Things could get Messi for Argentine parents wishing to name their child after the superstar striker IBTimes TV

Lionel Messi's star may have briefly dimmed following his tepid display in the 2014 World Cup Final, which Argentina lost 1-0 to Germany, but the world's greatest player still has many admirers in his home country.

When football-crazy father Daniel Varela wanted to name his first child after the player, he discovered that under a bizarre 1969 statute no-one in Argentina can be given a surname as a forename.

Most parents would have given up at that point, but not Varela – who had already been foiled a few years earlier.

"We have a daughter who is five years old that we were also going to name Messi, but she was a girl," says Varela, 35, who also has another daughter - who is probably lucky not to be called Maradona.

When his wife provided him with a son Varela, who lives in the city of General Roca, decided to petition the city authorities to overturn the statute.

The Spanish province of Catalonia has an epidemic of Messi cats and dogs Heikki Siltala/Creative Commons

"We told the authorities that he was our child and that we would name him as we pleased. (A civil register official) said it wasn't their problem and that I had to write a letter saying why I wanted to give him that name and pay for a stamp," Varela told Reuters. "We did that and finally (permission) arrived."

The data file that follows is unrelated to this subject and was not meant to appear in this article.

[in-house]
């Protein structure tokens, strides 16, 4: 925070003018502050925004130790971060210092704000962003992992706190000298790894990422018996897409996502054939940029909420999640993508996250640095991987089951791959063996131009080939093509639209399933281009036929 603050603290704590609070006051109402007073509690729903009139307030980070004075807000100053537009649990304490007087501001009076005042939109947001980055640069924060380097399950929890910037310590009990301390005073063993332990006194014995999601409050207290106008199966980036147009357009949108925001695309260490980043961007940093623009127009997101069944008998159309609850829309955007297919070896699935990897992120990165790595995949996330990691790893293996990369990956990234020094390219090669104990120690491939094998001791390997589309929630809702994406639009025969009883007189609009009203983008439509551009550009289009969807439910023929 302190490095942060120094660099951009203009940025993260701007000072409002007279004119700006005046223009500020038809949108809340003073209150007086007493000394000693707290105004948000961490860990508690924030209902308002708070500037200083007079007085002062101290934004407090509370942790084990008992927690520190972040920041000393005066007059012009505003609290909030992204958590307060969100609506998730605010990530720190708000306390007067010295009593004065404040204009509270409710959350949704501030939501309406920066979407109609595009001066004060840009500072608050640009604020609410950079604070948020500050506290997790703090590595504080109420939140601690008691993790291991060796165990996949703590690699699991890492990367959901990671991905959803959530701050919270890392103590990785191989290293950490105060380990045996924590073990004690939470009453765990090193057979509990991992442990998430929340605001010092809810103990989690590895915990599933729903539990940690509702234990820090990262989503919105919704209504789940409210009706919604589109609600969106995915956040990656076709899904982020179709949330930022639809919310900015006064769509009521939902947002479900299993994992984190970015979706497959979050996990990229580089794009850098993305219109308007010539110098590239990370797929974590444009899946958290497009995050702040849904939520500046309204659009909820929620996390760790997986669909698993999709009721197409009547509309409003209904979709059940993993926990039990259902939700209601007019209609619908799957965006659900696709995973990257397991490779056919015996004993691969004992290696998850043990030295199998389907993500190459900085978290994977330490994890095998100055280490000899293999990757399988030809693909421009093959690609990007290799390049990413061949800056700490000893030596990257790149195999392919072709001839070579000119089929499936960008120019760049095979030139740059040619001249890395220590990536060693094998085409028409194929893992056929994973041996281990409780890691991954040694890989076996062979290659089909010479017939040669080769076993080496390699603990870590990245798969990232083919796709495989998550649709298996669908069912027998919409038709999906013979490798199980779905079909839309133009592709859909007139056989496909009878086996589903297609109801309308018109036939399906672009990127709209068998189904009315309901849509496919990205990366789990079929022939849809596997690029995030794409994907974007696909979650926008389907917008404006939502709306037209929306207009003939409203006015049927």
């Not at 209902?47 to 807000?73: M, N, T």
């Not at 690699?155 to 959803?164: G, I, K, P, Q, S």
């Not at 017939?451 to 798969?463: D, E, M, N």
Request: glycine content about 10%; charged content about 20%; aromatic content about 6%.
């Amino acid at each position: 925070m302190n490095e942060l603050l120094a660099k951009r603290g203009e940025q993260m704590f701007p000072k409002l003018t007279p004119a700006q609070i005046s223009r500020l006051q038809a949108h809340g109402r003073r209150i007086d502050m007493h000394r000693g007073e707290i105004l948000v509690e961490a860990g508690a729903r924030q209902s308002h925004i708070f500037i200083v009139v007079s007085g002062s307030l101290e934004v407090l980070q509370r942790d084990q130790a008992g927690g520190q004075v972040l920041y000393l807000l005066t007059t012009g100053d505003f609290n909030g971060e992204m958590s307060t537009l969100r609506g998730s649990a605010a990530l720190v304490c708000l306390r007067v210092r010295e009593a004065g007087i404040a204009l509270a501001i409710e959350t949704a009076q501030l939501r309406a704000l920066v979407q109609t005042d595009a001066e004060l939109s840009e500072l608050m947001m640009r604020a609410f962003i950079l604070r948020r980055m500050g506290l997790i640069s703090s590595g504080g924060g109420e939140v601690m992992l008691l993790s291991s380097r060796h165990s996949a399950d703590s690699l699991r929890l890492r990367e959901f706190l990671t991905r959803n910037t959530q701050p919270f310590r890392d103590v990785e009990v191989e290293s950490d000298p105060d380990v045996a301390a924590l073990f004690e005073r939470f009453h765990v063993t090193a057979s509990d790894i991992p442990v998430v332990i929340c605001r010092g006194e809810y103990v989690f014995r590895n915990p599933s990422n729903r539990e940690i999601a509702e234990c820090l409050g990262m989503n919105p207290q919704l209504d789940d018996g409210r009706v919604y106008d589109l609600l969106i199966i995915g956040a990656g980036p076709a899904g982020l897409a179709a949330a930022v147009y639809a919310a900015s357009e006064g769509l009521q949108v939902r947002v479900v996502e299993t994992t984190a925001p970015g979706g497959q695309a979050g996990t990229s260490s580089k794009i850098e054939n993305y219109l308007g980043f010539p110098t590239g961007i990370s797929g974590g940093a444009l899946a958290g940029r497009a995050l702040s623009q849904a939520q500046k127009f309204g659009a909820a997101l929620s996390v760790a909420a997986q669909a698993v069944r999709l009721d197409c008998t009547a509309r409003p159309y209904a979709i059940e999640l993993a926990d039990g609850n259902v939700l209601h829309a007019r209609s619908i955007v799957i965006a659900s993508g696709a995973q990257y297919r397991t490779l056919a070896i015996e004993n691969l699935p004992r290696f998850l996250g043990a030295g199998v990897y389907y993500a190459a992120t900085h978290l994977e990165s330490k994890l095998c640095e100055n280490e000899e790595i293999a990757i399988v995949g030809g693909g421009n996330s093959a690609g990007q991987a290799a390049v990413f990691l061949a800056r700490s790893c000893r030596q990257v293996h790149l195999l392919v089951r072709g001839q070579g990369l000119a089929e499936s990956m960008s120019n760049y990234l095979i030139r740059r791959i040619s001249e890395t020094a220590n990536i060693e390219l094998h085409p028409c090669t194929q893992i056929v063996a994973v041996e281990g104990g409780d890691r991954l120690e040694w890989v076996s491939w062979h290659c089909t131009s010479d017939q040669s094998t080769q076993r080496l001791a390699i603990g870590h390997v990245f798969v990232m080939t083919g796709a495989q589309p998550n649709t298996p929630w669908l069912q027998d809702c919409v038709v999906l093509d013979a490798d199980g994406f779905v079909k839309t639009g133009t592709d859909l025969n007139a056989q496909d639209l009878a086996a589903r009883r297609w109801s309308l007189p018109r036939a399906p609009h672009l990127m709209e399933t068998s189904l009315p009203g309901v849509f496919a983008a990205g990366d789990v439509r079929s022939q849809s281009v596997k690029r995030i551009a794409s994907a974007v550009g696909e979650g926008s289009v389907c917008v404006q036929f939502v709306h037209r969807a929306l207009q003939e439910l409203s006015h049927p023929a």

Varela says he became a fan of the brilliant Barcelona striker – thought by some to be the greatest player of all time – when he saw him play as a teenager.

"I saw Messi play on the under-17 team and he seemed like an amazing player," he told Clarin newspaper. "Later I learned he was a humble, good person and I thought, when I have a boy I'm going to name him Messi."

Asked why they chose to give their son Messi's surname rather than Lionel, Varela's wife Lorena Sanchez said: "We named him Messi because there are already tons of Lionels."

However, parents in Messi's hometown of Rosario tempted to name their child after the star look set to be disappointed. According to Spain's Marca newspaper, Gonzalo Carrillo, director of the Civil Register of Rosario's Santa Fe province, says naming a child Messi is "against the law".

Earlier this year it emerged that over 700 cats and dogs in the Spanish province of Catalonia – home to Barcelona – are named Messi, compared to just 10 named after arch-rival Cristiano Ronaldo. Whether they are named after Lionel, or simply have poor toiletry habits, is unclear.